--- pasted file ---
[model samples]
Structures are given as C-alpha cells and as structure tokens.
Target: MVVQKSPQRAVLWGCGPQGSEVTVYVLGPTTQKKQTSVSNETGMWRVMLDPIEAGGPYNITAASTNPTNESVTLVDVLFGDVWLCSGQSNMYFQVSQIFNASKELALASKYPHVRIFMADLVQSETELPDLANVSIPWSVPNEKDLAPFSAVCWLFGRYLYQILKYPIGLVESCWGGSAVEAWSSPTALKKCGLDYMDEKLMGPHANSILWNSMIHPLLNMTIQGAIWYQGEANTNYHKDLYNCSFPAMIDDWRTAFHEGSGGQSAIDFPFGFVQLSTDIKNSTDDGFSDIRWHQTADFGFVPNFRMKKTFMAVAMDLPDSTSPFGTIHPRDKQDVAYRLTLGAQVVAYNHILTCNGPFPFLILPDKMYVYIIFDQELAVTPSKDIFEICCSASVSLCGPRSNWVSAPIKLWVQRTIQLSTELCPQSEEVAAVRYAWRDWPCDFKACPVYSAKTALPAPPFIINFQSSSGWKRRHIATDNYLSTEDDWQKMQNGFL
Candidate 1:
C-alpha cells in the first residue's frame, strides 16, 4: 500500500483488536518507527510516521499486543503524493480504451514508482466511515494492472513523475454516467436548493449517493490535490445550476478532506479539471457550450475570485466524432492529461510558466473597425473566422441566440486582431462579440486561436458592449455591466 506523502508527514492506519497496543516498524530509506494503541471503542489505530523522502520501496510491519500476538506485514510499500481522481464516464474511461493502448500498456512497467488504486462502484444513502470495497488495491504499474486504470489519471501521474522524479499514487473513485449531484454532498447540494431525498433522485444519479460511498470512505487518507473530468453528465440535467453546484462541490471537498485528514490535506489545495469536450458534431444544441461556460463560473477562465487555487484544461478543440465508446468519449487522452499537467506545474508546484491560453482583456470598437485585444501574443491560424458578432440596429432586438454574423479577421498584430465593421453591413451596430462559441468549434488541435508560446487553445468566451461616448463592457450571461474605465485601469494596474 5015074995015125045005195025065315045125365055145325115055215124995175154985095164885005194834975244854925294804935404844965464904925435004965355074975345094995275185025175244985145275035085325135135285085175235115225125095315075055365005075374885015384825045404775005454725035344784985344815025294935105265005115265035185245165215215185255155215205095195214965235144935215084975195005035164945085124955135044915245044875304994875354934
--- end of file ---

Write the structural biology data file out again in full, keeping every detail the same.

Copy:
[model samples]
Structures are given as C-alpha cells and as structure tokens.
Target: MVVQKSPQRAVLWGCGPQGSEVTVYVLGPTTQKKQTSVSNETGMWRVMLDPIEAGGPYNITAASTNPTNESVTLVDVLFGDVWLCSGQSNMYFQVSQIFNASKELALASKYPHVRIFMADLVQSETELPDLANVSIPWSVPNEKDLAPFSAVCWLFGRYLYQILKYPIGLVESCWGGSAVEAWSSPTALKKCGLDYMDEKLMGPHANSILWNSMIHPLLNMTIQGAIWYQGEANTNYHKDLYNCSFPAMIDDWRTAFHEGSGGQSAIDFPFGFVQLSTDIKNSTDDGFSDIRWHQTADFGFVPNFRMKKTFMAVAMDLPDSTSPFGTIHPRDKQDVAYRLTLGAQVVAYNHILTCNGPFPFLILPDKMYVYIIFDQELAVTPSKDIFEICCSASVSLCGPRSNWVSAPIKLWVQRTIQLSTELCPQSEEVAAVRYAWRDWPCDFKACPVYSAKTALPAPPFIINFQSSSGWKRRHIATDNYLSTEDDWQKMQNGFL
Candidate 1:
C-alpha cells in the first residue's frame, strides 16, 4: 500500500483488536518507527510516521499486543503524493480504451514508482466511515494492472513523475454516467436548493449517493490535490445550476478532506479539471457550450475570485466524432492529461510558466473597425473566422441566440486582431462579440486561436458592449455591466 506523502508527514492506519497496543516498524530509506494503541471503542489505530523522502520501496510491519500476538506485514510499500481522481464516464474511461493502448500498456512497467488504486462502484444513502470495497488495491504499474486504470489519471501521474522524479499514487473513485449531484454532498447540494431525498433522485444519479460511498470512505487518507473530468453528465440535467453546484462541490471537498485528514490535506489545495469536450458534431444544441461556460463560473477562465487555487484544461478543440465508446468519449487522452499537467506545474508546484491560453482583456470598437485585444501574443491560424458578432440596429432586438454574423479577421498584430465593421453591413451596430462559441468549434488541435508560446487553445468566451461616448463592457450571461474605465485601469494596474 5015074995015125045005195025065315045125365055145325115055215124995175154985095164885005194834975244854925294804935404844965464904925435004965355074975345094995275185025175244985145275035085325135135285085175235115225125095315075055365005075374885015384825045404775005454725035344784985344815025294935105265005115265035185245165215215185255155215205095195214965235144935215084975195005035164945085124955135044915245044875304994875354934